There are people who like musicals and people who don't, and rarely does the twain meet: "It's not natural for people to break into song mid-conversation," complains one friend, who is unswayed by my retort that slaying Orcs isn't natural either.
So what is either camp to make of Movin' Out, the touring Broadway musical playing the Keller Auditorium through Sunday? It isn't in standard musical format; it has no dialogue. The story—about young people whose lives are shattered by Vietnam—is revealed through Twyla Tharp's choreography and Billy Joel's pop hits, which were never intended for theatrical use. This isn't unprecedented, of course: think Across the Universe, Mamma Mia! or Moulin Rouge. Traditionalists have grumbled about the rise of the so-called "jukebox musical," but it seems to help lure the non-musical-loving public into theaters.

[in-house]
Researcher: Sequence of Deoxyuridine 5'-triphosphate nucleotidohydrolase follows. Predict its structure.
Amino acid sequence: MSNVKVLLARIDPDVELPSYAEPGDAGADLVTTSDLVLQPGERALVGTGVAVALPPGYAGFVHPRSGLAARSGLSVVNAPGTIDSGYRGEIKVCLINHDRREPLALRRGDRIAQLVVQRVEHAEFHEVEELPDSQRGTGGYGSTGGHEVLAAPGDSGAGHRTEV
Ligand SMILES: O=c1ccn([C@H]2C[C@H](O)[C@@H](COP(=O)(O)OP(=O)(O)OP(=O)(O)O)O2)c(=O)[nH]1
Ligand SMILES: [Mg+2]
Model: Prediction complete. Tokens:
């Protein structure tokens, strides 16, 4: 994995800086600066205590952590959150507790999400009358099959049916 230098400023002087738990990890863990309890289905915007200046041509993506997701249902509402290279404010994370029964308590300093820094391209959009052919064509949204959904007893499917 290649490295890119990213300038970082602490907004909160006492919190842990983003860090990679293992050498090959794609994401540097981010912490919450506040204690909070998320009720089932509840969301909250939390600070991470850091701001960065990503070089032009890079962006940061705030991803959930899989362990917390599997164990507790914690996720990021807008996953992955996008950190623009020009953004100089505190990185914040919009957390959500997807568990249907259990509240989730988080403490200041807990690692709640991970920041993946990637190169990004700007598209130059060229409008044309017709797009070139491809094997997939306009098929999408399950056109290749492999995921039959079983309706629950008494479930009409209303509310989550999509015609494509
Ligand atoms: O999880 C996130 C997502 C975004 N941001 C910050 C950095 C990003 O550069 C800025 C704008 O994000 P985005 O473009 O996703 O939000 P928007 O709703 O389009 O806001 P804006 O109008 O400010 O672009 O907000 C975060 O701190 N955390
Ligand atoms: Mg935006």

Movin' Out did just that at its 2002 Broadway debut, but here in Portland, attendance was fairly sparse. The economy is a likely culprit, but also I have to ask: Who is this show for? Tharp, best known for her experimental modern choreography, has done musicals before—hell, she's done Vietnam before, in the 1978 film version of Hair. But her gift for inventive, off-kilter movement doesn't shine in this crowd-pleasing choreography, performed by a technically capable but dramatically bland rotating cast (the exception on Friday was Lawrence Neuhauser as Eddie). Here, emotion is conveyed through tricks like big jumps, high kicks and multiple turns; extreme emotion is conveyed through strobe lights. A live band plays Joel's hits perfectly well, but Joel without Joel is more piano bar than Piano Man. There are a few nuggets here for fans of Tharp, Joel and musicals, but truth be told, there's some disappointment as well.